"The page you are trying to access has been blocked because the URL you have requested is not categorised. Please check again in a few hours"

The page would then submit the uncategorised URL to the manufacturer, and in the next database update, we would hopefully get the URL categorised.

Makes sense?

Hope this clears confusion and concerns of any other not so dignified intentions.

Thanks,

Joao

  • Oh, just to clarify something: on the first iteration of posting information to pageB, we need to include varA in the post. varA tells pageB to create varB as a reference to varA. :-) Joao Duraes almost 7 years ago
  • Couldn't you just contact the manufacturer's web master and get them to help you? If nothing else they can provide you the format of the submit string and maybe even help you test it. Mottie almost 7 years ago
  • Well, if only it was that easy... They won't help me by implementing changes on their pages in reasonable timescales - "planning on doing it, but no ETA at the moment". Even if they did, I would still have to submit from my end, without changing the look on the block pages that my users got used to. It's also about perception. I know (I mean, I think) I would have to use iframes to do this on my end, but I'm not that much of an expert in HTML/JavaScript coding. I was really hoping to look for some positive pointers in this forum. Joao Duraes almost 7 years ago
  • Can you use PHP or Python for pageA? that would allow you to submit the form server-side rather than messing around with javascript in the browser. Justin Hileman almost 7 years ago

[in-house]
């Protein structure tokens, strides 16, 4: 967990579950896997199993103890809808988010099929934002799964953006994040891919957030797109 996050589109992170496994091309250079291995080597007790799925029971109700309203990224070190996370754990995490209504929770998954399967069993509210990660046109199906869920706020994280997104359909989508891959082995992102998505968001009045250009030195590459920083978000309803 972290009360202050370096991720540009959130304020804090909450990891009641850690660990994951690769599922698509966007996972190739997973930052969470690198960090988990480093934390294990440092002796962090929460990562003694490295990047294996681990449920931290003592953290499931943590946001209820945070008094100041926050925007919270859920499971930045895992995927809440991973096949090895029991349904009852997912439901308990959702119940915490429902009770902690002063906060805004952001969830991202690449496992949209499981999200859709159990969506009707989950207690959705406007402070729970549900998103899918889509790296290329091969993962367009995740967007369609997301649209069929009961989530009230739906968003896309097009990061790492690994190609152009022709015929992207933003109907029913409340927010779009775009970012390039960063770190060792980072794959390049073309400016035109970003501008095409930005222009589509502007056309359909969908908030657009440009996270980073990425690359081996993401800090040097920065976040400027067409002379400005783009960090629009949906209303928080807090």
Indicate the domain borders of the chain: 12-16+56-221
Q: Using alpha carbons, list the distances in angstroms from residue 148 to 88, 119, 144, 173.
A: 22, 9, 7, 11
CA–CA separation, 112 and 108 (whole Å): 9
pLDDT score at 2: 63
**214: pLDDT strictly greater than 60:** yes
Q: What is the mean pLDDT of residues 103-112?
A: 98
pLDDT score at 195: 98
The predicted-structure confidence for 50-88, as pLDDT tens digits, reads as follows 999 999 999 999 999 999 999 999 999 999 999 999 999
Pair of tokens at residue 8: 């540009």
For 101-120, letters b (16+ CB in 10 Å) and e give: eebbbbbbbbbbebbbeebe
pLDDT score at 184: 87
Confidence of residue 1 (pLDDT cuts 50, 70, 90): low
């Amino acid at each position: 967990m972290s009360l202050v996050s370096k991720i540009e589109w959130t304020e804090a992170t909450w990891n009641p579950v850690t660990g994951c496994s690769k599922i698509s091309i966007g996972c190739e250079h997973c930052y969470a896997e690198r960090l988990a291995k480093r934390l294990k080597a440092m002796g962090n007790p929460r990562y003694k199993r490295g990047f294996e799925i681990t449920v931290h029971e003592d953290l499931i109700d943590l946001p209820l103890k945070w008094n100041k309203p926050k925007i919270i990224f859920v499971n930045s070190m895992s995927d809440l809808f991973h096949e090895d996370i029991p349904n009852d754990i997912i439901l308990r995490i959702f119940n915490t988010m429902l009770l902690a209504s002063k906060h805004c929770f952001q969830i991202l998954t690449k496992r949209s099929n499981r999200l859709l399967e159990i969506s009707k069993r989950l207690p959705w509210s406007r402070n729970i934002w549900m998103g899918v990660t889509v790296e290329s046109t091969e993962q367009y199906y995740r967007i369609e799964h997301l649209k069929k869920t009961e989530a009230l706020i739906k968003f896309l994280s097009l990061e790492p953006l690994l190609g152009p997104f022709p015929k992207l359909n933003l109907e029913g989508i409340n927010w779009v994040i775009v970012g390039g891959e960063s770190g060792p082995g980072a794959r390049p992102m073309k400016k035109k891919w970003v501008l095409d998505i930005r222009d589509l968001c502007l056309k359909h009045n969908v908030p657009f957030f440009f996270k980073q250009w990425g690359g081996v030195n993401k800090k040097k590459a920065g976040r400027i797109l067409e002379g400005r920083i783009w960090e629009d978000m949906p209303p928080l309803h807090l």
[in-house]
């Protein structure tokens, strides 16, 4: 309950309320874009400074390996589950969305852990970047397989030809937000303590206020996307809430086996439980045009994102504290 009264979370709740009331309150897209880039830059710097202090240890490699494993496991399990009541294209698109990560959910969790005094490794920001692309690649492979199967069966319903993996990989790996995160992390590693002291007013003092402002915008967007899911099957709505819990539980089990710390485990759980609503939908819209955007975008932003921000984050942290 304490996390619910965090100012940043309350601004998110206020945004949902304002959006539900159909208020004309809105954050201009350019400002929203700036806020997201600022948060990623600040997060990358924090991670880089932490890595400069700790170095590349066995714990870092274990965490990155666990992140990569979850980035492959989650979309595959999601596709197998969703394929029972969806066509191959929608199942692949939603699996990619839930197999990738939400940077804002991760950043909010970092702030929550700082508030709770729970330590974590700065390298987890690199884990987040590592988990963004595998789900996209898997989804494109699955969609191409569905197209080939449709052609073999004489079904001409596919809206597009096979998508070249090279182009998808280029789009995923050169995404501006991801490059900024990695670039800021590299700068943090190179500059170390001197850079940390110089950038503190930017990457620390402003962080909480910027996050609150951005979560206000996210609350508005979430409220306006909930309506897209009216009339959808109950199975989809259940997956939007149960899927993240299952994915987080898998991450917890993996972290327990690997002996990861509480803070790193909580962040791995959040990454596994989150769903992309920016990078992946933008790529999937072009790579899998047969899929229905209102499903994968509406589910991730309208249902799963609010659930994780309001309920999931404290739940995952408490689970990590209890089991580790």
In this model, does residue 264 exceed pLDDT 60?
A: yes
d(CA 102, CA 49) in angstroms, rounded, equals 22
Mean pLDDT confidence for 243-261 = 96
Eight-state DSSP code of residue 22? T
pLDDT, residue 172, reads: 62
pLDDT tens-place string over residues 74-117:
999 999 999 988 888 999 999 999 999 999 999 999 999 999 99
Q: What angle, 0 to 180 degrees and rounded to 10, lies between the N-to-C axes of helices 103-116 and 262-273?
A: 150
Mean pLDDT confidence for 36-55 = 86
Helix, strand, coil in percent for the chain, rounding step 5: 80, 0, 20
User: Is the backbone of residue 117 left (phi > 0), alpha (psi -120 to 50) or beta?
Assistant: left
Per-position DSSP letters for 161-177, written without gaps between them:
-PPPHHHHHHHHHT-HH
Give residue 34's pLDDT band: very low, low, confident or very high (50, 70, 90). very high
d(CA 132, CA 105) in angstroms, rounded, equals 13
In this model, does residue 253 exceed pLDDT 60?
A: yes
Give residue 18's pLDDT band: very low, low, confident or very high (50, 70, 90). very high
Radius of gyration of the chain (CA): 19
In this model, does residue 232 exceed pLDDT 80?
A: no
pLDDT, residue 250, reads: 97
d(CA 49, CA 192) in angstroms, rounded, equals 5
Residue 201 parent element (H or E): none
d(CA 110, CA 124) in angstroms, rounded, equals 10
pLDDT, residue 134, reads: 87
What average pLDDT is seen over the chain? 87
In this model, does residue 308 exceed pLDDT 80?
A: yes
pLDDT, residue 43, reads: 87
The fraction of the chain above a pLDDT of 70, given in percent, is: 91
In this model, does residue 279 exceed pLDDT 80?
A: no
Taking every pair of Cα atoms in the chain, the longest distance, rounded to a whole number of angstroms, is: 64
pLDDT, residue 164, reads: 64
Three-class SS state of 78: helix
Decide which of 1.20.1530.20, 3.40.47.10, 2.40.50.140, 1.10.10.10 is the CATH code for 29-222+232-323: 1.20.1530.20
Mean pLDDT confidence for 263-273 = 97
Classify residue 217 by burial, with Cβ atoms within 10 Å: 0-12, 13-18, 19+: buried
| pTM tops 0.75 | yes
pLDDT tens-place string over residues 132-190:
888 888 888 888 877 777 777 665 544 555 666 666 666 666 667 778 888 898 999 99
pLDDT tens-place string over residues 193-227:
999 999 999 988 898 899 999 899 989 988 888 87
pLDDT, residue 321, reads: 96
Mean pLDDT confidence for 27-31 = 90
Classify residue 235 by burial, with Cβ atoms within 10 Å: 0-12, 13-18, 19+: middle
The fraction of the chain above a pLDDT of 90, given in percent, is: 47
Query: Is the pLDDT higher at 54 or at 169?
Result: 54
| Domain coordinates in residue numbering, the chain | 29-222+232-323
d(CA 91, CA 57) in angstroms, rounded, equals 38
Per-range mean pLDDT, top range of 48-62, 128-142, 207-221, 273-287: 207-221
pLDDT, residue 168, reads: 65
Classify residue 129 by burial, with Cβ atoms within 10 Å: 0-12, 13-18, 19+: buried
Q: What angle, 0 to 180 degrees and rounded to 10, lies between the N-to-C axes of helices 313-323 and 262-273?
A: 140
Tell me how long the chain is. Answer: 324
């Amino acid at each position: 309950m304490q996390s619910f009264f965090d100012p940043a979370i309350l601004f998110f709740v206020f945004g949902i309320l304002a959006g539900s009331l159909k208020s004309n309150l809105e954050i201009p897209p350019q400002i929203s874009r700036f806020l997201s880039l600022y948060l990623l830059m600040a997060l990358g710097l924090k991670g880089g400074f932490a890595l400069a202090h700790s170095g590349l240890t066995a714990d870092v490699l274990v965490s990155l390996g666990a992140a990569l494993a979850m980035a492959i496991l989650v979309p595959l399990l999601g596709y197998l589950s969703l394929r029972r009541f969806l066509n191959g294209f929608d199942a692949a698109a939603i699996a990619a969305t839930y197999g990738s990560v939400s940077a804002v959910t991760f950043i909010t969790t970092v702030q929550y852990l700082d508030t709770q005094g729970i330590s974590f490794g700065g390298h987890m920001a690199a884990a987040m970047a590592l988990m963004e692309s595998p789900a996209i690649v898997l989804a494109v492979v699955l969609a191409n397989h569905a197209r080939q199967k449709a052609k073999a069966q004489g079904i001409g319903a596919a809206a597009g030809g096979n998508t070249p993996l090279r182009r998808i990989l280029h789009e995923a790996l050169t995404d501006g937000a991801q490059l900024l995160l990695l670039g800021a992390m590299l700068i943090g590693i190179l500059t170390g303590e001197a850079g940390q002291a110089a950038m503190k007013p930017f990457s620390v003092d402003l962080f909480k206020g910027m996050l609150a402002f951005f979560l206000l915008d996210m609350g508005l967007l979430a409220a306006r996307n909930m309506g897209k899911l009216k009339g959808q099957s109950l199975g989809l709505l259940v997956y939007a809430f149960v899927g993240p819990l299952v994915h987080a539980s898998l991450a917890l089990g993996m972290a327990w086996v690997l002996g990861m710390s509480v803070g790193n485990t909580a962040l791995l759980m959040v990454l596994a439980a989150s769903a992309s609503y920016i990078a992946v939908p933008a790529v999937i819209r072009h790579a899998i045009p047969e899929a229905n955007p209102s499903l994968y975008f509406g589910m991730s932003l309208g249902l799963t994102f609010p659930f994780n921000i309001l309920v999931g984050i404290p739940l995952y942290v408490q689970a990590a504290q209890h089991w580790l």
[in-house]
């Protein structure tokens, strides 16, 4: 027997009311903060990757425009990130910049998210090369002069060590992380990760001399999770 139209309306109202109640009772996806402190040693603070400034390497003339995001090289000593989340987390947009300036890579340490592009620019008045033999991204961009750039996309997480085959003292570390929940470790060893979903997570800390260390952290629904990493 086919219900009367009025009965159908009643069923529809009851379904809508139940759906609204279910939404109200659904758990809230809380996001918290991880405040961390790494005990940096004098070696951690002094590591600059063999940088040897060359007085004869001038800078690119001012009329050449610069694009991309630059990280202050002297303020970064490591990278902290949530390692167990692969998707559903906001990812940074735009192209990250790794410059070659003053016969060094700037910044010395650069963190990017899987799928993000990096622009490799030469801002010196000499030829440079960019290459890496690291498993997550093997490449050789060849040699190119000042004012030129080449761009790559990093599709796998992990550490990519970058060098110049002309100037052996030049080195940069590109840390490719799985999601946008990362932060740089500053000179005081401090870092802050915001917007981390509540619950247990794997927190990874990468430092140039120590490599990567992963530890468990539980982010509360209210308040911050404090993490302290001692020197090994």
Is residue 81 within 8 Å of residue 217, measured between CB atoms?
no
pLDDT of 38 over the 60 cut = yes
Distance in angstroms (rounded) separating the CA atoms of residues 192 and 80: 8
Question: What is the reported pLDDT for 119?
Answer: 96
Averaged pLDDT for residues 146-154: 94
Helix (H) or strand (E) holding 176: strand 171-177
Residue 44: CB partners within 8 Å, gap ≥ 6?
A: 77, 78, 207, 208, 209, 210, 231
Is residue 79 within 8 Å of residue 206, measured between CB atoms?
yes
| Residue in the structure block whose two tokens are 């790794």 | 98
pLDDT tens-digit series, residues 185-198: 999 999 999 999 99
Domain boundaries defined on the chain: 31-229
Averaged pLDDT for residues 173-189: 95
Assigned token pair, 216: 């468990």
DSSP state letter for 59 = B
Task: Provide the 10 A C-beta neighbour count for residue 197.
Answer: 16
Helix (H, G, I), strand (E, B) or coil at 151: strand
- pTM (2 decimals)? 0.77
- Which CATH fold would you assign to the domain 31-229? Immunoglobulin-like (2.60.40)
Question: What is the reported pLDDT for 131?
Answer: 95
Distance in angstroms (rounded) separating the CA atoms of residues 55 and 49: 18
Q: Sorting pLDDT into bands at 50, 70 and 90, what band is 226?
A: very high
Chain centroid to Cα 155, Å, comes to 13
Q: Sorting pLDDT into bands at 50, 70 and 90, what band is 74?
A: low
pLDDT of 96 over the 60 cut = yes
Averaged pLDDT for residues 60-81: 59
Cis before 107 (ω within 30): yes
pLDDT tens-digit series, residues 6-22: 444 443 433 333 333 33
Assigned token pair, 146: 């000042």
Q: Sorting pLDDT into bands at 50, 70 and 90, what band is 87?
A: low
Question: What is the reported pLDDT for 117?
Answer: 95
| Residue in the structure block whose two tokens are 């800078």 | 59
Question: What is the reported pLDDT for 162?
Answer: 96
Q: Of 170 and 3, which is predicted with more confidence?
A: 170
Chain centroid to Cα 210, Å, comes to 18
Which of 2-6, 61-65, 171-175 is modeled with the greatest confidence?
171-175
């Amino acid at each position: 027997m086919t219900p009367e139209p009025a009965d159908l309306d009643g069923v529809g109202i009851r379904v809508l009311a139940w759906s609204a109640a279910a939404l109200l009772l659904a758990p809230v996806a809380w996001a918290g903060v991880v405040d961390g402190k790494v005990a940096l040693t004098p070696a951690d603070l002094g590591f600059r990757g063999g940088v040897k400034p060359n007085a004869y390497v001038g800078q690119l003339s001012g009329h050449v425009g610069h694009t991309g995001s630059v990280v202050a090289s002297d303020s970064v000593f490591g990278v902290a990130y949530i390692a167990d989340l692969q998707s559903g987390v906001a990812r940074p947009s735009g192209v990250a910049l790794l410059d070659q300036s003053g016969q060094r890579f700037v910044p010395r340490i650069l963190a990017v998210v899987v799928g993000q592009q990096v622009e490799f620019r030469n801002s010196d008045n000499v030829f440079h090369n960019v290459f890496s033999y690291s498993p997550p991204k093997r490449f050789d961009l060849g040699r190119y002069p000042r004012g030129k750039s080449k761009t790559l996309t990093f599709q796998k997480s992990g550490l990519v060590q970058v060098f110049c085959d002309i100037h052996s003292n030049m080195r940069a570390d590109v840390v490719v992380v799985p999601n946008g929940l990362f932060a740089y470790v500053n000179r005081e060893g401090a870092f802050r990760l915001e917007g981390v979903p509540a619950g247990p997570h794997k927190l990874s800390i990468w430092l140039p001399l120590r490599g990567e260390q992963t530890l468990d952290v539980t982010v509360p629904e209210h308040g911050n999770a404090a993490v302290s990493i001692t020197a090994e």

• The web server is not actually a web server. It is a closed device that serves HTML pages only. I can't add any server side logic to it, I'm afraid. Trust me, if I could do some server side scripting, that woukld have been my preferred route and you wouldn't see me here asking for help... :-( Scratched a hole down my head pondering on this one. Always reach the same conclusion: run the first form hidden inside a local page, get the value of "sid", run the other remote form with "sid" and post the result. The theory sounds simple, eh? :-) Joao Duraes almost 7 years ago

2 answers

0
points

Your attempts to simplify the problem to make it easier to understand makes your whole question very difficult to understand at all. Is there any way that you can maybe explain exactly what you are trying to accomplish in reality, instead of renaming things as pageA, varB, etc?

Also, when you say "in the post" do you mean as a POST variable?

Finally, you understand that you won't be able to permanently change anything if there is no server-side scripting, right? Yes, with some Javascript you can change what it says on the page for a single session with a single user, but it's not possible to do anything more without server scripting.

Answered almost 7 years ago by Timothy Armstrong
  • Appreciate your comments. Nothing needs to be permanent on my local side. I just want to send the information using a POST method to another location. See my EDIT above for the full explanation. Thanks, Joao Duraes almost 7 years ago
0
points

Why don't you change the title to something like "How do I perform a Cross-Site Request Forgery?"

I understand what you're asking, I just don't know that I should tell you how to do it...

Answered almost 7 years ago by Justin Hileman
  • Hi Justin. I appreciate your concerns. Pleae see my EDIT above to see if that clarifies things enough for you to be able to help me. Thanks, Joao Joao Duraes almost 7 years ago